My Job Is Preserving Damaged Scrolls and Precious Art

Some family treasures have passed down through generations. And occasionally an item is haunted.
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Photo by: Aaron Yoshino

NAME: Hiroko Sakurai
AGE: 57
JOB: East Asian Art Conservator


BEGINNINGS: Sakurai, born in Kyoto, Japan, says she decided to become an artist at age 3. After earning a bachelor’s degree in architecture and design from Kyoto Institute of Technology, she resumed her focus on art.

In 1999 Sakurai and her husband moved from Japan to Seattle, where her son was born, and later to Hawai‘i when her husband became an art history professor at UH Mānoa.

Sakurai created art all the while, and held various jobs as an art instructor, studio assistant and art book buyer before becoming an apprentice in scroll mounting.

MISCONCEPTIONS: Sakurai explains that she is an art conservator, not an art restorer.

“It’s not a bandage. It’s to give the art a long life and sometimes it’s more important to do a treatment with chemicals than to just clean it up.”

Fixing damaged art takes time. For scroll mounting, the art stays on the drying board for at least six months. Art that has many layers of material and different processes may require even longer to preserve.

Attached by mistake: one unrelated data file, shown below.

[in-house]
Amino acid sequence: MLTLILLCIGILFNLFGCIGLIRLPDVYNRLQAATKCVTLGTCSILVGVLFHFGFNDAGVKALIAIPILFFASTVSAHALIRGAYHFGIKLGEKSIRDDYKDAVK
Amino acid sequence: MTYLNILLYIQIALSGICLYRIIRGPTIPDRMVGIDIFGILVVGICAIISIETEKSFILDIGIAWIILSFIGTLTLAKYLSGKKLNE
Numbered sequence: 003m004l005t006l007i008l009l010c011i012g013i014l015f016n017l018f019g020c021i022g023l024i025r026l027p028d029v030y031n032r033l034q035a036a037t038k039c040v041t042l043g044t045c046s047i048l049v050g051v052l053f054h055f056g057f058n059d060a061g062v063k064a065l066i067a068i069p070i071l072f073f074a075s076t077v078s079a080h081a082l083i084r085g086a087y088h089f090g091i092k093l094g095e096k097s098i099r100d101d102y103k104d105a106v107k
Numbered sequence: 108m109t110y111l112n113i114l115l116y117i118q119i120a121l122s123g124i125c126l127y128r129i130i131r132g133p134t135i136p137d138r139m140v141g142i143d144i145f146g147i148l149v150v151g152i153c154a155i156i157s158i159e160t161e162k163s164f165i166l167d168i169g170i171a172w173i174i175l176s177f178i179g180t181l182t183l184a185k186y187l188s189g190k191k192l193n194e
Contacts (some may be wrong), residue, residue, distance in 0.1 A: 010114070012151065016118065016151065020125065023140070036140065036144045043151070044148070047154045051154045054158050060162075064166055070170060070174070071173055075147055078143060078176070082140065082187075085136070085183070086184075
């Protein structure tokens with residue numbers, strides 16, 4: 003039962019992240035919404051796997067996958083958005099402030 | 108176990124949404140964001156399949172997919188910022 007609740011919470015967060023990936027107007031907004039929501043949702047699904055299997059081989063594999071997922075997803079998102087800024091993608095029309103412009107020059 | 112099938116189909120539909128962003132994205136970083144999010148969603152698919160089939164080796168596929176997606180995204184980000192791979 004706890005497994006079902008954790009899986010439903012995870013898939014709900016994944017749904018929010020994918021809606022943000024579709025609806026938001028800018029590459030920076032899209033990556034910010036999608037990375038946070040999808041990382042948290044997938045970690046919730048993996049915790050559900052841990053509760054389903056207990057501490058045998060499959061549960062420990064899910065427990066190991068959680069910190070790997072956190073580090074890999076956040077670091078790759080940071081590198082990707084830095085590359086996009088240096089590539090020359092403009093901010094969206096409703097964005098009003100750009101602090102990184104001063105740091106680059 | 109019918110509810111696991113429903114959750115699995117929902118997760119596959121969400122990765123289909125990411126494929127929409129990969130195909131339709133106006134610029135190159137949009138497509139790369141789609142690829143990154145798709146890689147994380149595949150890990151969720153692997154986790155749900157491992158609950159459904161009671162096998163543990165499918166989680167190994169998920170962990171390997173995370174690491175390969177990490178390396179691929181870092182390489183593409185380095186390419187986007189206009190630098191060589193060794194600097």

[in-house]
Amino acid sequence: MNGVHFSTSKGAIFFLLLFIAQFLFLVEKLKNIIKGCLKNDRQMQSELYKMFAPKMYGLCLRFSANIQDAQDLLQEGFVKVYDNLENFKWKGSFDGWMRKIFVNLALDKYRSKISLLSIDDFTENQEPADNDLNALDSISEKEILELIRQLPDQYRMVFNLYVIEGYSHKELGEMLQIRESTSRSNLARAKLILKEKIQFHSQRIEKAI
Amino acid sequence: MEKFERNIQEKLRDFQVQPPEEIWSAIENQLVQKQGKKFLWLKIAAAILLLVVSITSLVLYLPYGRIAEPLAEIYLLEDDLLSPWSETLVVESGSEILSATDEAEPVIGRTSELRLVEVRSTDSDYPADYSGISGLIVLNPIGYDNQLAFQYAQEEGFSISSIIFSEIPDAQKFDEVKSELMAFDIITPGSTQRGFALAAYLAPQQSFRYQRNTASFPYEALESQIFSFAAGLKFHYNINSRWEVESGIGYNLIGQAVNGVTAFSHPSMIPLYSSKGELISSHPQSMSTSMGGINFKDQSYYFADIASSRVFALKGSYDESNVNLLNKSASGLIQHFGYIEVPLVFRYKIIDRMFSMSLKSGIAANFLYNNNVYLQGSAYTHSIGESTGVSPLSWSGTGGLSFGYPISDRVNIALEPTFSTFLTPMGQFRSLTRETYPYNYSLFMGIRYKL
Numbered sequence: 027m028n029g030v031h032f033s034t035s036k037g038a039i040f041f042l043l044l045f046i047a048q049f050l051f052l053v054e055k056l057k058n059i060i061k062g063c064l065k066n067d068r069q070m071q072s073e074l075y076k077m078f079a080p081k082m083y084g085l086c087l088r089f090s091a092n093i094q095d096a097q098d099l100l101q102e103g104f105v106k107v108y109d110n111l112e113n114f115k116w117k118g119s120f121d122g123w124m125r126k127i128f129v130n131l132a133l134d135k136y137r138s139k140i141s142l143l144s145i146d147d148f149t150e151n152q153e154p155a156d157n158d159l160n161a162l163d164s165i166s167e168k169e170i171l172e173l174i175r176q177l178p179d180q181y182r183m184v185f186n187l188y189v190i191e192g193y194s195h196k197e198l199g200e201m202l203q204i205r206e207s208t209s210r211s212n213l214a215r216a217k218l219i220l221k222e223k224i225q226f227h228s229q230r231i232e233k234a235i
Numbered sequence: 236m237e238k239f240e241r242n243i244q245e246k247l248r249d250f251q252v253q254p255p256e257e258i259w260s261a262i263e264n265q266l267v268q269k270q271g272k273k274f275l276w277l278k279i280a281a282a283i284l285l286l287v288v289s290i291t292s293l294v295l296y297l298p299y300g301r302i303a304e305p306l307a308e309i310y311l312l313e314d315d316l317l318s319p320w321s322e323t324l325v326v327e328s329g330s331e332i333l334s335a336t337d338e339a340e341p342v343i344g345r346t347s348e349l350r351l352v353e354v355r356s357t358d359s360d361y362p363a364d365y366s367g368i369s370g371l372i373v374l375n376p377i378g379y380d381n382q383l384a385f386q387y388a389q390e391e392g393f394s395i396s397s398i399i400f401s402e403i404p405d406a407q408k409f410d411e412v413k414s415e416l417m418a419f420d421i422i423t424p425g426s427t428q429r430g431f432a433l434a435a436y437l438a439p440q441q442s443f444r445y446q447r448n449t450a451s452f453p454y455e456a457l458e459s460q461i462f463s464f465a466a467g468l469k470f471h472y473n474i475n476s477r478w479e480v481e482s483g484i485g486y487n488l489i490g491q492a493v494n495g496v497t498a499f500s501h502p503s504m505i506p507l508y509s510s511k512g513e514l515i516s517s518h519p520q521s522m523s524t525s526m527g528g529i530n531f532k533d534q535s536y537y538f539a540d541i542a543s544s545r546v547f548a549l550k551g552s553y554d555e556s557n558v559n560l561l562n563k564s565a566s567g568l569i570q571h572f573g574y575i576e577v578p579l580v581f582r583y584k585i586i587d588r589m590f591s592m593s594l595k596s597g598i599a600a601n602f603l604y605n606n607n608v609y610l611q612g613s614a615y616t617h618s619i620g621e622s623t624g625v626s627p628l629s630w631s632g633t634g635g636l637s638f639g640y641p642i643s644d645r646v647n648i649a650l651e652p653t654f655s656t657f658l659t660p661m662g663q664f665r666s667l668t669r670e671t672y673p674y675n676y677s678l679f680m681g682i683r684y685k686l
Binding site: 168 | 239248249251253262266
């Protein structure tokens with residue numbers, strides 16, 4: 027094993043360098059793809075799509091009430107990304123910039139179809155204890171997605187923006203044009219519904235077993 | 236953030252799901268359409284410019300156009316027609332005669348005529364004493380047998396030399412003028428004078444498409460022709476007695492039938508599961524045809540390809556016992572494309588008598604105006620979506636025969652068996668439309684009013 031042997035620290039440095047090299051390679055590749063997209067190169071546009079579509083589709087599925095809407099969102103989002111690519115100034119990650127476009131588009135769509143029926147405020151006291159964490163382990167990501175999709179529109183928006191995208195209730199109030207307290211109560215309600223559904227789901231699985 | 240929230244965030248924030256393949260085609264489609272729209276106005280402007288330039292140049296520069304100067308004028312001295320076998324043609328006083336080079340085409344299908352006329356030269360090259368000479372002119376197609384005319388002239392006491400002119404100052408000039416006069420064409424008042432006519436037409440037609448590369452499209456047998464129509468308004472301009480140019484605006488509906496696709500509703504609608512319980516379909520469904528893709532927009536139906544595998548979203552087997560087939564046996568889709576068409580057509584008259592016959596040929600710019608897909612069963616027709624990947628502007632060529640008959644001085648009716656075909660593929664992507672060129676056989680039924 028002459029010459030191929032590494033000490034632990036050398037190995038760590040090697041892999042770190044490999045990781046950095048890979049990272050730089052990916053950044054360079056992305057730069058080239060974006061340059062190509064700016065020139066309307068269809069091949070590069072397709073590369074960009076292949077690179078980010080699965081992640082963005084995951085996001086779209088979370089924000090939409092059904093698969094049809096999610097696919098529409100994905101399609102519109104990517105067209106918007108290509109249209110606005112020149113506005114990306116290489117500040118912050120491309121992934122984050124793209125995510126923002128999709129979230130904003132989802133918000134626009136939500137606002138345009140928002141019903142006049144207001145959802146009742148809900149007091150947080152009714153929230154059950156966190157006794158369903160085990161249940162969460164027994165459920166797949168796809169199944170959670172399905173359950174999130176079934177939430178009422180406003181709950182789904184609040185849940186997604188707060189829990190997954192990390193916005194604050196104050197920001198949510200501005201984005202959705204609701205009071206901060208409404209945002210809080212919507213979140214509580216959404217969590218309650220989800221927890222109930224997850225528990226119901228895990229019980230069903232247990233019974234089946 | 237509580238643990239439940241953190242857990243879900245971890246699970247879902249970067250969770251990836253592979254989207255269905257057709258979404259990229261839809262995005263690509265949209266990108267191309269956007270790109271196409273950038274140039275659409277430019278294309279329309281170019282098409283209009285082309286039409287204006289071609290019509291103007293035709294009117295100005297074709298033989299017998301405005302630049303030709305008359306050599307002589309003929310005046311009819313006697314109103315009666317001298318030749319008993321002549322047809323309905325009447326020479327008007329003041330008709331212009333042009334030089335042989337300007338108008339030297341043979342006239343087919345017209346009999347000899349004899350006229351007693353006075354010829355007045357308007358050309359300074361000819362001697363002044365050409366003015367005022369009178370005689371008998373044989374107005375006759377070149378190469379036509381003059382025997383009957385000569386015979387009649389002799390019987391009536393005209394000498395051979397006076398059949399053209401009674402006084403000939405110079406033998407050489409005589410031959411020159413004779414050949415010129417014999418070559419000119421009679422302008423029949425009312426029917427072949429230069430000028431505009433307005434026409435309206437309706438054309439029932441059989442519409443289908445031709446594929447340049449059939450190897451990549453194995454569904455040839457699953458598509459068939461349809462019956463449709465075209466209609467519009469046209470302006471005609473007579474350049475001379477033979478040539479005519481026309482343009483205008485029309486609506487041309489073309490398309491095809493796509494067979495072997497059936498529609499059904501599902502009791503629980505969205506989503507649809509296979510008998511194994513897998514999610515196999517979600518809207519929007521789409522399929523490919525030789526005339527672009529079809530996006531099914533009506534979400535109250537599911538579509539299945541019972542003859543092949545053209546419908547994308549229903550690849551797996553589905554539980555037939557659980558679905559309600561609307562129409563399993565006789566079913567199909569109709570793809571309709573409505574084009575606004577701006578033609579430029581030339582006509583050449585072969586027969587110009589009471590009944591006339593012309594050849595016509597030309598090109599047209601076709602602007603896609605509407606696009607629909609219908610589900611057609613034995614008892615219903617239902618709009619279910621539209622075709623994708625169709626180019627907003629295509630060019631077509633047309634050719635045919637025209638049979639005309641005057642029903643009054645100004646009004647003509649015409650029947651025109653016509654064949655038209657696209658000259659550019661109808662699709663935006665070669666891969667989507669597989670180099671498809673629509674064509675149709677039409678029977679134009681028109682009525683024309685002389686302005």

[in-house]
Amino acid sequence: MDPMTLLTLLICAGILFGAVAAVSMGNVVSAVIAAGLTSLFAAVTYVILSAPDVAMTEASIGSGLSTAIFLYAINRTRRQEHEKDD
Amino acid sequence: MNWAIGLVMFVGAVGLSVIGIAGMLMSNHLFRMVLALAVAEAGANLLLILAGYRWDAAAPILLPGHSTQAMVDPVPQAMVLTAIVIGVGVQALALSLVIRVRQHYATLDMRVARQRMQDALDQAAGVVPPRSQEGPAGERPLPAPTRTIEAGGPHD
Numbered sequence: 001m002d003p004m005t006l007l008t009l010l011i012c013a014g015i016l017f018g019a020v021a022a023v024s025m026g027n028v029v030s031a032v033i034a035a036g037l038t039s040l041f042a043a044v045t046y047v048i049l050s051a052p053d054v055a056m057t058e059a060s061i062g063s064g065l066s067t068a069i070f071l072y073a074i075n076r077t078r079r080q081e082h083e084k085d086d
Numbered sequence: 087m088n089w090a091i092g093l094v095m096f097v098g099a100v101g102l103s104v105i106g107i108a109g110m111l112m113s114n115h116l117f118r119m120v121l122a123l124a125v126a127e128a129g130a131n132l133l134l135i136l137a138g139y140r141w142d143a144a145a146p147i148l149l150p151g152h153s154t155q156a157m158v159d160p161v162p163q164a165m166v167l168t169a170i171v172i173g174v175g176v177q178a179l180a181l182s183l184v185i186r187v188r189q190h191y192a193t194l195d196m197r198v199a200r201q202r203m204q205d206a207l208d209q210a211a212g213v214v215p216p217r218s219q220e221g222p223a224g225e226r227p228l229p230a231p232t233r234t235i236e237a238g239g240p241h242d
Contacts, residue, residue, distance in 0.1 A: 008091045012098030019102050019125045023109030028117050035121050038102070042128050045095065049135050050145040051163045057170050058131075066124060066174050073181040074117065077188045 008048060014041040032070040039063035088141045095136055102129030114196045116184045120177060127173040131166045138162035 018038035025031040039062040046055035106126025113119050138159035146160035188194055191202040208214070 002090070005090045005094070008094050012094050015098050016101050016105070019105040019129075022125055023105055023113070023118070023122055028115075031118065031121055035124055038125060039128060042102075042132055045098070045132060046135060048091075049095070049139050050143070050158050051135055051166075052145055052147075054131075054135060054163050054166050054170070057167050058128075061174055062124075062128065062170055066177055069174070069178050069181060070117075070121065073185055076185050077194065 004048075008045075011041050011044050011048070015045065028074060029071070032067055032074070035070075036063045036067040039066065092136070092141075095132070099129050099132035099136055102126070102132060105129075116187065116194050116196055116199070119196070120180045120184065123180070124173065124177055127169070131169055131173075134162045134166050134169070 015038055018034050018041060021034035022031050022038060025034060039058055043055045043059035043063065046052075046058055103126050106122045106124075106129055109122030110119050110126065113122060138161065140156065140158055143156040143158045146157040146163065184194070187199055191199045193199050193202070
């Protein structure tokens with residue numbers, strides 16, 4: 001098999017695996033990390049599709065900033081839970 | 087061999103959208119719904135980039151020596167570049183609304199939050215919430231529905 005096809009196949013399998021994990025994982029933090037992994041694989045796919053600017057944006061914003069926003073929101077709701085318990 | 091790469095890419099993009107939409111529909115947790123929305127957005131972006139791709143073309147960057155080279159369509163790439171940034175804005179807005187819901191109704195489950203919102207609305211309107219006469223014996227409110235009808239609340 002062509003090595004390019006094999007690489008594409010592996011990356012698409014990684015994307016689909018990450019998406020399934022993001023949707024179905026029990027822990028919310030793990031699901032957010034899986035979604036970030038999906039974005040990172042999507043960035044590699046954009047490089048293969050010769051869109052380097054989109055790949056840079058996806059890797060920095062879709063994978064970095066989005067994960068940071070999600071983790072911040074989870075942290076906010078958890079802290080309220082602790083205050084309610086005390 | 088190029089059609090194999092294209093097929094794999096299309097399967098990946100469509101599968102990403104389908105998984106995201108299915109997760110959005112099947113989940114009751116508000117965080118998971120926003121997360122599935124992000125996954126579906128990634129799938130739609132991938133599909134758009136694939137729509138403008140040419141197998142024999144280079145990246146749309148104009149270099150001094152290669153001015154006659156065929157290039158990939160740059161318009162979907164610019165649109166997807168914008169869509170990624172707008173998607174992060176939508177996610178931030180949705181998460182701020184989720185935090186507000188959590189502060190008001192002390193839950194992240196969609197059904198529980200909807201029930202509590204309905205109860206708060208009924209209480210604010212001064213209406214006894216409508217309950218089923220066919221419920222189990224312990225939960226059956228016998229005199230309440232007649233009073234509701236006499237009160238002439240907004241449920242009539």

CHALLENGES: Sakurai was in her 30s when she had to decide between going back to school to earn a master’s degree to become an art conservator in museums or continue to build on her experience.

She says she ultimately chose to continue preserving art on her own since she loves helping people.

“Museums are important but there’s lots of art in the world. I wanted to help other people who had art that was important to them.”

Related stories: My Job: A Life in Music, My Job: Photographing Massive Waves, Protecting Art for Posterity

HAUNTED ART: One client brought her an old crinkled newspaper. He found it in the wall when he was remodeling his house and wanted to preserve it to remember the old house. After it was removed from the house, the client claimed the house shook and lights suddenly broke.

Sakurai repaired the newspaper and was quick to return it to him, and when she did, everything at the house returned to normal. “It was interesting for me. Sometimes I think there are spirits in the art and I think about it a lot.”

WHY I DO IT: “If I don’t keep doing this technique and using traditional materials, this type of art could die out. When I talk to people who inherited art from their families, it makes me keep going. They didn’t just inherit the art, they inherited the culture. If I can help preserve that, it makes me feel good.”


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This interview has been edited for clarity and conciseness.



Categories: Arts & Culture, Careers